Join us Wednesday, March 15 – 7pm in the Evergreen Seniors Lounge, Florence Filberg Centre – 411 Anderton Ave. Courtenay, as the panel discusses solutions for change and how to improve health care for everyone in BC, not just the few who can afford to pay extra for care.
Although Ms Gould has in the past expressed support for replacing Canada’s first-past-the-post voting system, since her new appointment, she has remained non-commital.
Send a message to Minister Gould. Let her know that proportional representation is important to you and that you are committed to holding the government accountable for its campaign promise of electoral reform. Click here for letter writing points and contact information.letter-to-minister-gould
1. We protect Canada’s water and start with re-instating the water laws gutted by the Harper government.
2. We stop building pipelines and start to move away from our dependence on extreme energy, tar sands oil and fracking.
3. We tax corporations at the pre-Harper level and go after offshore tax havens. This would free up badly needed billions.
4. We stop equating corporate-dominated trade agreements with “openness to the world” and negotiate trade that serves the people.
5. We create a national pharmacare program (remembering that CETA and TPP would prevent this crucial next step in health for all).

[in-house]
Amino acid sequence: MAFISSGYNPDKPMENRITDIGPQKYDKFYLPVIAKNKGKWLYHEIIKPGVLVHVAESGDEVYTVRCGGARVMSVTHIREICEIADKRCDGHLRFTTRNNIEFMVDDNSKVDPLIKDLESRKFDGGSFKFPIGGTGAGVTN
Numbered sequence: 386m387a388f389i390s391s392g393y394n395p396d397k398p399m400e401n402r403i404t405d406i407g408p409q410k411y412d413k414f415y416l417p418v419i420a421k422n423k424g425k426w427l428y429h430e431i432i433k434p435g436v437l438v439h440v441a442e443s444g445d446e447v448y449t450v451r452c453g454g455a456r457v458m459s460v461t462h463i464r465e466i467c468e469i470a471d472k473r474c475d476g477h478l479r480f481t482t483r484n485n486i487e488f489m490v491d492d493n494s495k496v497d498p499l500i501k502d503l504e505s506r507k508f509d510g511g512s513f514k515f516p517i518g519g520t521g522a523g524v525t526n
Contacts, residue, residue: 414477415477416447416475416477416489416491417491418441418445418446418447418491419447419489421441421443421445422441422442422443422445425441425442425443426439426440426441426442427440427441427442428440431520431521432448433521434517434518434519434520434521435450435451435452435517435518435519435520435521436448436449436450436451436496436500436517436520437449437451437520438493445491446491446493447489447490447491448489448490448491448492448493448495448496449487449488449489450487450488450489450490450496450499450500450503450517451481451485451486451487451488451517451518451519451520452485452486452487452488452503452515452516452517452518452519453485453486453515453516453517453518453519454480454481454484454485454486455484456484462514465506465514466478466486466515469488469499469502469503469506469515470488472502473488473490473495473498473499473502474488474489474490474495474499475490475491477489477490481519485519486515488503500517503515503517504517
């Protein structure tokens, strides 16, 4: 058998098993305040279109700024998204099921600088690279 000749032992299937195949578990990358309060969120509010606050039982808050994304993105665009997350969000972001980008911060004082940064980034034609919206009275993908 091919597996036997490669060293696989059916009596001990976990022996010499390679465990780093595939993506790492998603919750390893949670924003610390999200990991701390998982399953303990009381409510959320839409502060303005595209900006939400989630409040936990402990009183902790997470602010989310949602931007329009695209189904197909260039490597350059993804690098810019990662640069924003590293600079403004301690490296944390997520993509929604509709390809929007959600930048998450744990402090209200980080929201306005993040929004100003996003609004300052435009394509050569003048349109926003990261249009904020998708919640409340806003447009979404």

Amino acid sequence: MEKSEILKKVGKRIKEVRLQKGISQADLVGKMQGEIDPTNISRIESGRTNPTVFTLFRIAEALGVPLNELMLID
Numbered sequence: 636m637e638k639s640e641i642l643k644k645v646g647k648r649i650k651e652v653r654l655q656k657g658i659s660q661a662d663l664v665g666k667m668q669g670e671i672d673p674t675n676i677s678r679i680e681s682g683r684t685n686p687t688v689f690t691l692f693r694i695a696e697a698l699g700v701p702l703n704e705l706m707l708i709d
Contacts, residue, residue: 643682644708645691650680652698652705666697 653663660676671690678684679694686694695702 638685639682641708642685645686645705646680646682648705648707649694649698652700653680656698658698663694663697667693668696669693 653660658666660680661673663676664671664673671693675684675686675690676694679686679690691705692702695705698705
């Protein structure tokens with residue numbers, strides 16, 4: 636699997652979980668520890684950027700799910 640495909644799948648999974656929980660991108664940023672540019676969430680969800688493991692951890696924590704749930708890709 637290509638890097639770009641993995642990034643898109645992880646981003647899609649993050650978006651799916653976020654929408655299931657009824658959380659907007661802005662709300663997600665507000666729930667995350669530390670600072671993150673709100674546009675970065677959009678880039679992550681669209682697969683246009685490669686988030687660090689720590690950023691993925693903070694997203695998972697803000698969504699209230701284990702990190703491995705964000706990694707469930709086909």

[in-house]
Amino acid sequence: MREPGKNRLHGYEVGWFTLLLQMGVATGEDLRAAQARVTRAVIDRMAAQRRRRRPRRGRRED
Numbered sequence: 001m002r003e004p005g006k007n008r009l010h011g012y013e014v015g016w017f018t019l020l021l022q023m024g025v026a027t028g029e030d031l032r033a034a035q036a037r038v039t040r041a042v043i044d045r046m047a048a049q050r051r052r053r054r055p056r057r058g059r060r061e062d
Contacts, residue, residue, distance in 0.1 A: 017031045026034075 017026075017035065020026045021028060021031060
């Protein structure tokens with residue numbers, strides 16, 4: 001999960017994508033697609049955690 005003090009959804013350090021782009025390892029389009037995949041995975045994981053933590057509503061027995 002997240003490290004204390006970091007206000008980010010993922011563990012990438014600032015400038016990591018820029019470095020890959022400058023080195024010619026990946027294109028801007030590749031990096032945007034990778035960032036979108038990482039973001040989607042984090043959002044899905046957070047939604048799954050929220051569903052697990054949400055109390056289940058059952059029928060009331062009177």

6. We continue to build alliances with organized labour and support workers against globalization and unjust practices everywhere.
7. We recognize, honour and defend the leadership shown by First Nations in the fight for environmental and social justice.
8. We promise to protect the public trust and not allow public assets such as water services to be sold to the private sector.
9. We bring the rule of law to Canadian mining companies behaving terribly in some countries of the global South.
10. We remember in all our foreign policy that peace can only come if accompanied by justice. May we serve that goal always.
Maude Barlow – Chairperson, Council of Canadians
The Comox Valley Council of Canadians, at their annual Holiday Potluck dinner held on Dec. 9, were pleased to present the Chapter’s 2016 Community Action Award to locally-based community advocates Janet Fairbanks and Wayne Bradley.
“Both Fairbanks and Bradley are well-known political and environmental activists who have successfully raised the profile of the Comox Valley as a socially conscious community throughout BC,” notes Chapter member, Linda Safford.
Leaders and founders of the World Community Development and Education Society, Fairbanks and Bradley are the key organizers of the ground-breaking World Community Film Festival, now in its 26th year. This flagship event, and BC’s longest running social justice documentary film festival, continues to grow and attract concerned citizens and activists from across Vancouver Island, our province and far beyond. Strong community advocates, Fairbanks and Bradley are constantly working to foster a greater awareness through education to the social, economic and environmental consequences our actions generate not only at home, but to those around the world.
“They are always looking for community-based development opportunities in support of their vision for a more just and sustainable world,” says Safford.
The Chapter presents their Community Action Award to the group or individual who has, throughout the course of the year, actively demonstrated progressive action in the community. Groups previously recognized with the prestigious award include Walking with our Sisters, Coal Watch, Water Watch and Dawn to Dawn.